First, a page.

The reality is that Indian Society is deeply conservative and religious. It’s core values are far closer to those of America than to those of Europe. The silent majority in India despises what it hears on TV, especially English language Indian TV. They feel that the coverage is anti-Indian and tramples on their core beliefs. We heard this from many people and many sources during our six-week stay in Mumbai last year.
This may explain why no Indian Anchor has gained a mass following in India. In America, people identify with either Fox, CNN or MSNBC depending on their views. Very few people in India identify with any one network because they all have the same content with the same viewpoints.
Consequences for Indian Society
Public commentators like O’Reilly, Hannity and Scarborough serve an important purpose in American society. They give voice to the anger of the silent majority and act as its public champions. This channels the rage of the silent majority towards public debate. This is much safer for American society.
In contrast, the anger of the silent Indian majority has no public voice. Their views and deeply held beliefs have no outlet in public debate. This results in a buildup of internal rage in the silent majority. Opportunistic politicians identify this rage and exploit it for their political purposes. This is why Indian society tends to erupt in deadly riots from time to time.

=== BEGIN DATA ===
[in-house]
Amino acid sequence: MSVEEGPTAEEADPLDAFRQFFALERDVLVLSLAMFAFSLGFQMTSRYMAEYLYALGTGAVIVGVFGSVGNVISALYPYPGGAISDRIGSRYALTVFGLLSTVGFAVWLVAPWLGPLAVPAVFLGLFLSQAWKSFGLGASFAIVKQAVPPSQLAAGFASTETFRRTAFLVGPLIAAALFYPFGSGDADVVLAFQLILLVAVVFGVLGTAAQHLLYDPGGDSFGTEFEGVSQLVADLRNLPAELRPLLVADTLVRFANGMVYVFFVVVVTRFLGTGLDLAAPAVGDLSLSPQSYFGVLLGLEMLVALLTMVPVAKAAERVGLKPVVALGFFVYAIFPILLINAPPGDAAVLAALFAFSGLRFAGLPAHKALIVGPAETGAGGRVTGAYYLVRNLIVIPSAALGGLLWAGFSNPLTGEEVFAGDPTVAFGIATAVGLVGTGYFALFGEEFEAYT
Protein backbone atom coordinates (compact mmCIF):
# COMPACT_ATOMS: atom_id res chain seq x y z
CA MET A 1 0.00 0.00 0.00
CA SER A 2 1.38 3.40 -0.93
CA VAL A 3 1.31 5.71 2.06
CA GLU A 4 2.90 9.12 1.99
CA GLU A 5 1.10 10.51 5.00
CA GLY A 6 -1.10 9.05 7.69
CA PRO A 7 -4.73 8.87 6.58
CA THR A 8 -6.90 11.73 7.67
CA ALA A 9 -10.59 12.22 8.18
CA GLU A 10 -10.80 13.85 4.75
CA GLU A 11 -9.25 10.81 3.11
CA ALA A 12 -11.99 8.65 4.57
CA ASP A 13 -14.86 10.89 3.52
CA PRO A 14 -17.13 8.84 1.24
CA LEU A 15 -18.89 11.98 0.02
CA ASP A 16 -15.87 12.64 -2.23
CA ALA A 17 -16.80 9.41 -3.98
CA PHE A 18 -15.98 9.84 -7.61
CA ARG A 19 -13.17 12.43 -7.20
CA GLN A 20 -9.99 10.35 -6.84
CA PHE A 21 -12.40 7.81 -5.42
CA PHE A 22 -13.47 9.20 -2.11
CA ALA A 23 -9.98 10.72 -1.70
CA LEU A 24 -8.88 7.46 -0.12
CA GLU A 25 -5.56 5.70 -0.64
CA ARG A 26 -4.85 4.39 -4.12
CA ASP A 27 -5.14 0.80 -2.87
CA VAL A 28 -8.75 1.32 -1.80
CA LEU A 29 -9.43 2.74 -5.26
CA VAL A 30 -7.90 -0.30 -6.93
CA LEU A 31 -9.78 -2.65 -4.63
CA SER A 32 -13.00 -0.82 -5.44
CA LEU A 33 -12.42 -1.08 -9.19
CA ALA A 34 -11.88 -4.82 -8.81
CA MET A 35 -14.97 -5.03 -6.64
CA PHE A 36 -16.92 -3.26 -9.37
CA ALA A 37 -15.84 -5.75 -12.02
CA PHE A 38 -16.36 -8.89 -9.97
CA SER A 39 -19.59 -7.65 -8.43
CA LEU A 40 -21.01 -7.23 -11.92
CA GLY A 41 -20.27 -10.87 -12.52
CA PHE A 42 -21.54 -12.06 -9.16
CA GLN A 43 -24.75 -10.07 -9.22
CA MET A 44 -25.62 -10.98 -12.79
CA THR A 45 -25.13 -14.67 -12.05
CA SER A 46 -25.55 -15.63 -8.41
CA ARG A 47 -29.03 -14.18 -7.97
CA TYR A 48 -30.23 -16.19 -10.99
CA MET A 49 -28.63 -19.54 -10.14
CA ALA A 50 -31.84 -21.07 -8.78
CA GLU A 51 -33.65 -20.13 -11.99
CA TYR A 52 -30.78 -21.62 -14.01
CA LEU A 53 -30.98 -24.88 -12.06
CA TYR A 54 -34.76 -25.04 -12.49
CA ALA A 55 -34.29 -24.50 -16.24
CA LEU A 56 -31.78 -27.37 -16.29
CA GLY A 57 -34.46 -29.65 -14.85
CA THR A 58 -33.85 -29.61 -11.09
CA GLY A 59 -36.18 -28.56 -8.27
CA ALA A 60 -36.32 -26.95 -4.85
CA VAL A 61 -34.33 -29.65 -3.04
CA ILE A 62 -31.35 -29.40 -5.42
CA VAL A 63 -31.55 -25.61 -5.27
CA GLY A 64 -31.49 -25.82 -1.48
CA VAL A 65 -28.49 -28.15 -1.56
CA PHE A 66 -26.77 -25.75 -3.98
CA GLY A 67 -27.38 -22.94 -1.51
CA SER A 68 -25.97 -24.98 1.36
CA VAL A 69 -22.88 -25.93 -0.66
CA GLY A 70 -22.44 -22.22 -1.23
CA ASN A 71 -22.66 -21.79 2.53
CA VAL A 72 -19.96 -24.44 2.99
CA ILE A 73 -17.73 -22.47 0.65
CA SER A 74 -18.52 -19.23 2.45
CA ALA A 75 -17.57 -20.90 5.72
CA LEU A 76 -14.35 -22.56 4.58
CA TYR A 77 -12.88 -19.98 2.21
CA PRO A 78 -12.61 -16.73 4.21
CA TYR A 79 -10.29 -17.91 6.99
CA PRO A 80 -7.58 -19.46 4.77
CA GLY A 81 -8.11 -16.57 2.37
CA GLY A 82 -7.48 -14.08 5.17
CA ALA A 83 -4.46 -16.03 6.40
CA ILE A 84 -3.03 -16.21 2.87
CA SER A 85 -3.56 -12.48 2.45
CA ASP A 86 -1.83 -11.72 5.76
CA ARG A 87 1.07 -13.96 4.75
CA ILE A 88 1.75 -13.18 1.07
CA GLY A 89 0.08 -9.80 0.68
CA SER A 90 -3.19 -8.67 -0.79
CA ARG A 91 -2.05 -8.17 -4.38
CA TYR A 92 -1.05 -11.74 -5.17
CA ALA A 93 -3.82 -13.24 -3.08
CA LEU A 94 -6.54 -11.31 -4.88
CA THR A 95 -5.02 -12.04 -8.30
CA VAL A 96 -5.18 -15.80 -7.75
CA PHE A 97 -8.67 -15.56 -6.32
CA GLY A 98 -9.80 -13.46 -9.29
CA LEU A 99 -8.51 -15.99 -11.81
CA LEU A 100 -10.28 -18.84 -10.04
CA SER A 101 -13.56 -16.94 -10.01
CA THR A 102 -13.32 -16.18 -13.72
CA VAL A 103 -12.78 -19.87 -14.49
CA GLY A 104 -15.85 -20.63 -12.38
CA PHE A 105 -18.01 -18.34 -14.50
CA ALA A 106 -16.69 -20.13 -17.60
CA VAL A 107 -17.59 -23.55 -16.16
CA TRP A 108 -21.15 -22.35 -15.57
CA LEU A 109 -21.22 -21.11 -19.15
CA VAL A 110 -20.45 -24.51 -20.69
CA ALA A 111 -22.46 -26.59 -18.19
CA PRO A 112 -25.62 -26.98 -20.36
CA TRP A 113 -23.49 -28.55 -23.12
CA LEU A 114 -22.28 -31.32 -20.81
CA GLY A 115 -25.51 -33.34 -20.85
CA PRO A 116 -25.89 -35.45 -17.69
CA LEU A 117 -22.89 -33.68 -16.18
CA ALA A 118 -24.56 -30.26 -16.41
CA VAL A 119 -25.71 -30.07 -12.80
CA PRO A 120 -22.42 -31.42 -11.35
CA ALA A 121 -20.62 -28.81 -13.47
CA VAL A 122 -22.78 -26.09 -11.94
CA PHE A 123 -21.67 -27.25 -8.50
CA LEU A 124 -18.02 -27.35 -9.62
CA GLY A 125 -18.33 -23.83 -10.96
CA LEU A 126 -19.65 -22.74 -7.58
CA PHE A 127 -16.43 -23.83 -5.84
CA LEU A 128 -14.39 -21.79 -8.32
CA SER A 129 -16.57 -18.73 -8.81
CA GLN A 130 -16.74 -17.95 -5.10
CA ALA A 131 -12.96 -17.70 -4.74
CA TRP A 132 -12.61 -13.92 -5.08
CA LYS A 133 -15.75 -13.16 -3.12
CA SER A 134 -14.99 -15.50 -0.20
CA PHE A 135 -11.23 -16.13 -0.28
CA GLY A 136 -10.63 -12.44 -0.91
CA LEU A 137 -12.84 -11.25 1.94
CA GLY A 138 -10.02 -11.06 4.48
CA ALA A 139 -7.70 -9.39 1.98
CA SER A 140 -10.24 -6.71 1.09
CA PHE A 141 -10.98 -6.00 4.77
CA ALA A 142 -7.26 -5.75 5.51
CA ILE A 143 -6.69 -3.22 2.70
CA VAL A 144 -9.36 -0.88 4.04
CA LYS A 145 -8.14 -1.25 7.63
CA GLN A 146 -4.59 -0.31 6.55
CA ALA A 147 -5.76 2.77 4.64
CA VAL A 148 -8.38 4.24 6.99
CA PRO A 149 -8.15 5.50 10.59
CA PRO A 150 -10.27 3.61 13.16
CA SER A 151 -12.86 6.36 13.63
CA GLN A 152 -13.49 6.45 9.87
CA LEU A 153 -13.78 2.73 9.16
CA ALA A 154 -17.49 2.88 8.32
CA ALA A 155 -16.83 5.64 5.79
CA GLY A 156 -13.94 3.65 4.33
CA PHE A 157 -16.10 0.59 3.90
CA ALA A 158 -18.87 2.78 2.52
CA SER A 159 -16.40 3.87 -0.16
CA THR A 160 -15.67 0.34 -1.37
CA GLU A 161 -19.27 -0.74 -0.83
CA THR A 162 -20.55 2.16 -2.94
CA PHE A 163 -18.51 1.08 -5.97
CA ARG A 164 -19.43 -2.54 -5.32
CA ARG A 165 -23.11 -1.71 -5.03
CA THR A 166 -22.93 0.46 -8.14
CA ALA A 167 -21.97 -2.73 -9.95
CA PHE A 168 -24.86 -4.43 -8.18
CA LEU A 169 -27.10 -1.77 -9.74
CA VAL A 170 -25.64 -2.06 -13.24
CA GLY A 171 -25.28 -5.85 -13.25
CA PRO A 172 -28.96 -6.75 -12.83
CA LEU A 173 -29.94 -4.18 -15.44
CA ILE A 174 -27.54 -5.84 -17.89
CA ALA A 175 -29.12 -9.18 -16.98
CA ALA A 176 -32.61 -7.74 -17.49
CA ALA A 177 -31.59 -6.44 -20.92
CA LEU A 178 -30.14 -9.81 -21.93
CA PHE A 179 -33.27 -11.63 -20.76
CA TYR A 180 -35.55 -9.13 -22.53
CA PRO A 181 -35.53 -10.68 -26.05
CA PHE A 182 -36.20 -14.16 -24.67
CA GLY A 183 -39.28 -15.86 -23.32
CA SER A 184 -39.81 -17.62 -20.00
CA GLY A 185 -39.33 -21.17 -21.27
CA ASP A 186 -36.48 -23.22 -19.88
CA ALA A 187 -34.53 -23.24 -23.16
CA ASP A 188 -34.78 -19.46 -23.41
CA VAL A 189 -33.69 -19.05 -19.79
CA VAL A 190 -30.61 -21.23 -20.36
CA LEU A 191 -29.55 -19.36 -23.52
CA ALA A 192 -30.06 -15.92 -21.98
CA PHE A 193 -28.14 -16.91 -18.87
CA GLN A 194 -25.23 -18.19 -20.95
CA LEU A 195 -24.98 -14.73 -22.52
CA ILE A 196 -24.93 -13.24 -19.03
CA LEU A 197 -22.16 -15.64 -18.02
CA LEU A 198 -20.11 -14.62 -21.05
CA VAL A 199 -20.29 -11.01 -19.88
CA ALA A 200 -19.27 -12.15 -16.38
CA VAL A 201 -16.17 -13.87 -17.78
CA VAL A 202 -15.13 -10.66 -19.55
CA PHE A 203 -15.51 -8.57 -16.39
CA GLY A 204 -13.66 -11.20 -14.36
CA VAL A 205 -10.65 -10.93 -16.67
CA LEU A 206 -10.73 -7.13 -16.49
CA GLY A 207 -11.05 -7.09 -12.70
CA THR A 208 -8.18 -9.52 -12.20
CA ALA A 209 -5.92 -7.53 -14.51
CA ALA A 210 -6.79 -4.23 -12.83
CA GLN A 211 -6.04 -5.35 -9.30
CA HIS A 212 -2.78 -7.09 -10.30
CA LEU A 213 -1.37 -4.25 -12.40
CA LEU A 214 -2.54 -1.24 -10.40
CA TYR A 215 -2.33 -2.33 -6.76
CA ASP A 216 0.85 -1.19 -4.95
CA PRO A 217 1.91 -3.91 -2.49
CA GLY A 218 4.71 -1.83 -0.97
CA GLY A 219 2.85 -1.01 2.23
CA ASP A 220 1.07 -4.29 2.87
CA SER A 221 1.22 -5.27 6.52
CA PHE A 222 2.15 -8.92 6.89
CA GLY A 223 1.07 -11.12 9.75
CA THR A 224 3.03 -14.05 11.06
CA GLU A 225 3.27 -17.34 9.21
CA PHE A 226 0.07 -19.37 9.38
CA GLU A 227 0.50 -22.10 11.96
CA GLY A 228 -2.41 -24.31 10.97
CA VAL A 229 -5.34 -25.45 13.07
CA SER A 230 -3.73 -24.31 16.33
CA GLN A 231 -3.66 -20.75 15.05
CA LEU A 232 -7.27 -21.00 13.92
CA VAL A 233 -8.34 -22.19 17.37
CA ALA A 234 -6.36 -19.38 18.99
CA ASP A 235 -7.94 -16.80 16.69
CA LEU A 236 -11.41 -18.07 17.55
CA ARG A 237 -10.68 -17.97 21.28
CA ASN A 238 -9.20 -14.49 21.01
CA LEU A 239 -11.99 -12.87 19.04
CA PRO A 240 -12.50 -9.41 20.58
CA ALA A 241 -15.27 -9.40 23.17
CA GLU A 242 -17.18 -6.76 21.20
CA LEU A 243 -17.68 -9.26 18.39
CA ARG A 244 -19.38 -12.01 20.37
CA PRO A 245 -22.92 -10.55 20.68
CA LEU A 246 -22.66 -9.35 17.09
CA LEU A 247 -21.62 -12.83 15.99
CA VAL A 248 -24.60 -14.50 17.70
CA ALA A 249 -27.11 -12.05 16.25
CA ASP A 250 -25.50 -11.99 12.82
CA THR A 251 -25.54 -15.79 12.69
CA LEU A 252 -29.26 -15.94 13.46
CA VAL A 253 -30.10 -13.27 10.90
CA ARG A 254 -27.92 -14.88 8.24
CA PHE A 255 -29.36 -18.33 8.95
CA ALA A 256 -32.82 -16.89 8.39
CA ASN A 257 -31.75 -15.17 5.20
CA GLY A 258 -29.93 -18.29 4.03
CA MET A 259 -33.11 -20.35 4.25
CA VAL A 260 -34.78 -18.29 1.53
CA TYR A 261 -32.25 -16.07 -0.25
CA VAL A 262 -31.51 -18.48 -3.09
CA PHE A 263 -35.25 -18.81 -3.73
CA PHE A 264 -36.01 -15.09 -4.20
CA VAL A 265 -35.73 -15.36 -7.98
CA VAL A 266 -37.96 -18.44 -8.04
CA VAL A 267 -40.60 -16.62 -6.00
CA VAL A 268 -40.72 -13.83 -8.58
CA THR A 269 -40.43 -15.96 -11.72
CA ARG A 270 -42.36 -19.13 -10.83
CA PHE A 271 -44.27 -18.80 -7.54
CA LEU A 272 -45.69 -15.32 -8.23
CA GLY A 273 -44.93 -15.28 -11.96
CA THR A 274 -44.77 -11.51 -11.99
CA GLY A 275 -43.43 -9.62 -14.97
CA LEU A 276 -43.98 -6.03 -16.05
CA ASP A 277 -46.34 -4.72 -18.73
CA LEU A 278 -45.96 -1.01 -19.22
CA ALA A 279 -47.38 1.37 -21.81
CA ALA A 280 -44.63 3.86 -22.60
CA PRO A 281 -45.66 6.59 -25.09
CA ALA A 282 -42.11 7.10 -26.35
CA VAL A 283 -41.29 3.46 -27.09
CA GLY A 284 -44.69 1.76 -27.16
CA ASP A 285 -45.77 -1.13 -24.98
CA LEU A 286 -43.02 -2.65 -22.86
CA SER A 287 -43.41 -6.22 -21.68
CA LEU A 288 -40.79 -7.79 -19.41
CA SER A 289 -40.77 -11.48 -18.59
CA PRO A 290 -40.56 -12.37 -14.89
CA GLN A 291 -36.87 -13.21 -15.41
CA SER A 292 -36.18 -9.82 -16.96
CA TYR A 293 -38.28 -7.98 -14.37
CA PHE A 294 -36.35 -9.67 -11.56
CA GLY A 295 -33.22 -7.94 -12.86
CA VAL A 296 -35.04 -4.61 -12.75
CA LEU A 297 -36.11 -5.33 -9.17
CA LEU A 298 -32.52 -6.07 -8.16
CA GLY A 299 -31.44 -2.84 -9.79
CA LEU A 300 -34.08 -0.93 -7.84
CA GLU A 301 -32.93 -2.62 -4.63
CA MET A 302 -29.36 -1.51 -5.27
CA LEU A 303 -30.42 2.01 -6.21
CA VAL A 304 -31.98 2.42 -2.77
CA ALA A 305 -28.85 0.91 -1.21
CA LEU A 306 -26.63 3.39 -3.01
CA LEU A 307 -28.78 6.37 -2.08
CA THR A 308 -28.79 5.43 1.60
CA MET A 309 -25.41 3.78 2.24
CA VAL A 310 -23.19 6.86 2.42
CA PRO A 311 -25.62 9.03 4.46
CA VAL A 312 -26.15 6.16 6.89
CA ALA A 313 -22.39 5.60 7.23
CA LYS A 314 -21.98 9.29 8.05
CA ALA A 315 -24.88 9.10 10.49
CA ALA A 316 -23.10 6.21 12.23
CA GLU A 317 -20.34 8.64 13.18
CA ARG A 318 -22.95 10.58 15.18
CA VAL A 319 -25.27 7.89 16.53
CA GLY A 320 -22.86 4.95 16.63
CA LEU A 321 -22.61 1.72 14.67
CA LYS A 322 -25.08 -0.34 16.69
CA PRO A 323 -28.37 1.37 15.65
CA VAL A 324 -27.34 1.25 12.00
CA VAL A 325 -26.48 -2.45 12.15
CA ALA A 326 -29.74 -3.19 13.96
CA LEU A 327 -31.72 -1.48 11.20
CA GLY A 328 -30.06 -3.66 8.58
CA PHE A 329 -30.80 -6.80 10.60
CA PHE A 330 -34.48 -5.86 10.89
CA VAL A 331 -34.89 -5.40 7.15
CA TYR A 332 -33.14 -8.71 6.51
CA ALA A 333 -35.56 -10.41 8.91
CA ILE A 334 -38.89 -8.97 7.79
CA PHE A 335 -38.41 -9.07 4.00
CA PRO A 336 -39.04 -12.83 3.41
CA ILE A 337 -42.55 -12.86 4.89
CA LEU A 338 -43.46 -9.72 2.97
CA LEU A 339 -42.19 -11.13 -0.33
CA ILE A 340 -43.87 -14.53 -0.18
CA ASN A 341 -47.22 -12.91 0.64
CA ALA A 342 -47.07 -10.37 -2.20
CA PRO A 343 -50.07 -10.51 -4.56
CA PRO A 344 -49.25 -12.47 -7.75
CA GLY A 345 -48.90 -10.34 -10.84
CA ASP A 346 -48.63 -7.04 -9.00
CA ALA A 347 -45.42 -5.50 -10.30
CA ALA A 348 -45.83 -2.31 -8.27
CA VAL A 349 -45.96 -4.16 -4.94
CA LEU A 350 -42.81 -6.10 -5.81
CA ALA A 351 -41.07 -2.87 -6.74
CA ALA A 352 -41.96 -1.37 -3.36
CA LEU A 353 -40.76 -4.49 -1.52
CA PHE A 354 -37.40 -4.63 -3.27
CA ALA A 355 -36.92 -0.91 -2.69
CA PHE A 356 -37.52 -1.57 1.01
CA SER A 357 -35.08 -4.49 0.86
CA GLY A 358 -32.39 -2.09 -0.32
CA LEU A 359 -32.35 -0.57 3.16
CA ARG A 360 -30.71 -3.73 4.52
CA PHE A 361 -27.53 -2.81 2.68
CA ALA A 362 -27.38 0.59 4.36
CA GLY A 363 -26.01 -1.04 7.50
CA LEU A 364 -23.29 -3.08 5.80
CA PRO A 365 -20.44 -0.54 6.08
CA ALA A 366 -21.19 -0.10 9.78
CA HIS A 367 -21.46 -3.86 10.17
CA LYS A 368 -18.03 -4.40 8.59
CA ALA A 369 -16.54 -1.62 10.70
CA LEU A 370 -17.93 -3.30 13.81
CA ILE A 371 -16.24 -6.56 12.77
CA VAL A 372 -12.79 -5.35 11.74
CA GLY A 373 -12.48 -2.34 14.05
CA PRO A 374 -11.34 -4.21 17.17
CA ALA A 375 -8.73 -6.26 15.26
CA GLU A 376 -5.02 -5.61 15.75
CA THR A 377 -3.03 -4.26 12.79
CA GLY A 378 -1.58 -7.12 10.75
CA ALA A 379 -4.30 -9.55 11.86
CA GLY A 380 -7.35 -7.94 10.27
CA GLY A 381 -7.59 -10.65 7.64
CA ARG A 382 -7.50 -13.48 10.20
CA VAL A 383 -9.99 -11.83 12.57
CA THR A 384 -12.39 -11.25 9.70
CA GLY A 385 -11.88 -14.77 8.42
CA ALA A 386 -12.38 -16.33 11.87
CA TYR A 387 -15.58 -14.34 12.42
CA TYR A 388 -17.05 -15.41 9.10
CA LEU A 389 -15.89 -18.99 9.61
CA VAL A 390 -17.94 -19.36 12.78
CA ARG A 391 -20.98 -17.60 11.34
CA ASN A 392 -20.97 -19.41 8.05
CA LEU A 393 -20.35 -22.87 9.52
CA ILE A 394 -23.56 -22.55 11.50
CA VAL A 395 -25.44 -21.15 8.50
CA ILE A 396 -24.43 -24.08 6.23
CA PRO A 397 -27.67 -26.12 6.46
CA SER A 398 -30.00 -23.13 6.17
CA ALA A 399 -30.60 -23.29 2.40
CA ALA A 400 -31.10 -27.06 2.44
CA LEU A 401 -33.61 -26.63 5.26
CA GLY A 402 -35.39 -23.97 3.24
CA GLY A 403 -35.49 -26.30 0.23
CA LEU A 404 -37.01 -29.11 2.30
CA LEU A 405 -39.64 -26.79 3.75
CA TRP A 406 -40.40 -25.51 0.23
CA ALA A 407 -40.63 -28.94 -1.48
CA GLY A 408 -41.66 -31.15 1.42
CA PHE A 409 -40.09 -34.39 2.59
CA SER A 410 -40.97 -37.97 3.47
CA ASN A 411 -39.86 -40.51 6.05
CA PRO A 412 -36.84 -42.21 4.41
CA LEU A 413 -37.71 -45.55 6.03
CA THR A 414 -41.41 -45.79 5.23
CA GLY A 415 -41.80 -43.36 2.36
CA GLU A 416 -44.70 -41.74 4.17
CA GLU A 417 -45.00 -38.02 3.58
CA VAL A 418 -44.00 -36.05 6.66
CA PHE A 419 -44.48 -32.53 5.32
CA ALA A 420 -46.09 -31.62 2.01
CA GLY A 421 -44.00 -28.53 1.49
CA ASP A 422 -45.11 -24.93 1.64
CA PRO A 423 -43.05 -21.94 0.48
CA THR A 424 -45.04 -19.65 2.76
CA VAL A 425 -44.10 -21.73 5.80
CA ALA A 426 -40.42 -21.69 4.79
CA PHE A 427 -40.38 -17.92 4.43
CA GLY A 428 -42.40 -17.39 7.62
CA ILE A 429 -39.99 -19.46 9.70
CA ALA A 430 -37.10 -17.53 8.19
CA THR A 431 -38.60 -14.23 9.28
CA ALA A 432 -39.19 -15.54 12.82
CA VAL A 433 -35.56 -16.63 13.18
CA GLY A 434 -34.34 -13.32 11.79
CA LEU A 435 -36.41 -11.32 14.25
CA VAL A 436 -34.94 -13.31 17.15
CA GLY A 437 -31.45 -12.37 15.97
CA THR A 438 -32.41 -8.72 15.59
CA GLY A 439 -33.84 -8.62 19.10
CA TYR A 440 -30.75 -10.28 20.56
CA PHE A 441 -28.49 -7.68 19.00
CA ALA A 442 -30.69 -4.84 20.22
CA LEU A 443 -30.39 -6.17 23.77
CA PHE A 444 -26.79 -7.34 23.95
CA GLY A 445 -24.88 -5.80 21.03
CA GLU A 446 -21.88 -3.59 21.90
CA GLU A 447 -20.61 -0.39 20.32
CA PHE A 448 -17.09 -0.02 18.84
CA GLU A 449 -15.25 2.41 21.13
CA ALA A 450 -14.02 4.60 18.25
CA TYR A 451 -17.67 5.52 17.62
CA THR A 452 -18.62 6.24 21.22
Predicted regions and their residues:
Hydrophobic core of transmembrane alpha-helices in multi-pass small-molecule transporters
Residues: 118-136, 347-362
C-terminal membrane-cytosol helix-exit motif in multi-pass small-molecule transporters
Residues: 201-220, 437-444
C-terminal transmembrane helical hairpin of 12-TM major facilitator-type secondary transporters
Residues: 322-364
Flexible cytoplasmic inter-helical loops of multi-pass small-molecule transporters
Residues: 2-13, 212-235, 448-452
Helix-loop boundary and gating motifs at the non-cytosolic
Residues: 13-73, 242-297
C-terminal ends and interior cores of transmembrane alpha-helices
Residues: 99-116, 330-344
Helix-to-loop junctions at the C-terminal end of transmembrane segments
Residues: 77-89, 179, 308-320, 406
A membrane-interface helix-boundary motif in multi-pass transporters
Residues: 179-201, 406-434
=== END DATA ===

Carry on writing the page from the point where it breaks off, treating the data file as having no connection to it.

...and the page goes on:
Just as lack of response to terror attacks and appeasement of terrorists by the Indian Government will lead to more physical attacks on Indian society, lack of response to journalistic attacks and appeasement of such reporters by Indian media will lead to more articles like the one written by Joe Leahy in the Financial Times.
We hope that some day an Indian public commentator will emerge who will be the champion of India’s silent but enraged majority and do battle with the global attackers of Indian values and culture.
* See “Flagrant Foul on FT’s Joe Leahy and on Editors of Financial Times for Journalistic Misconduct and Religious Prejudice” – May 2, 2009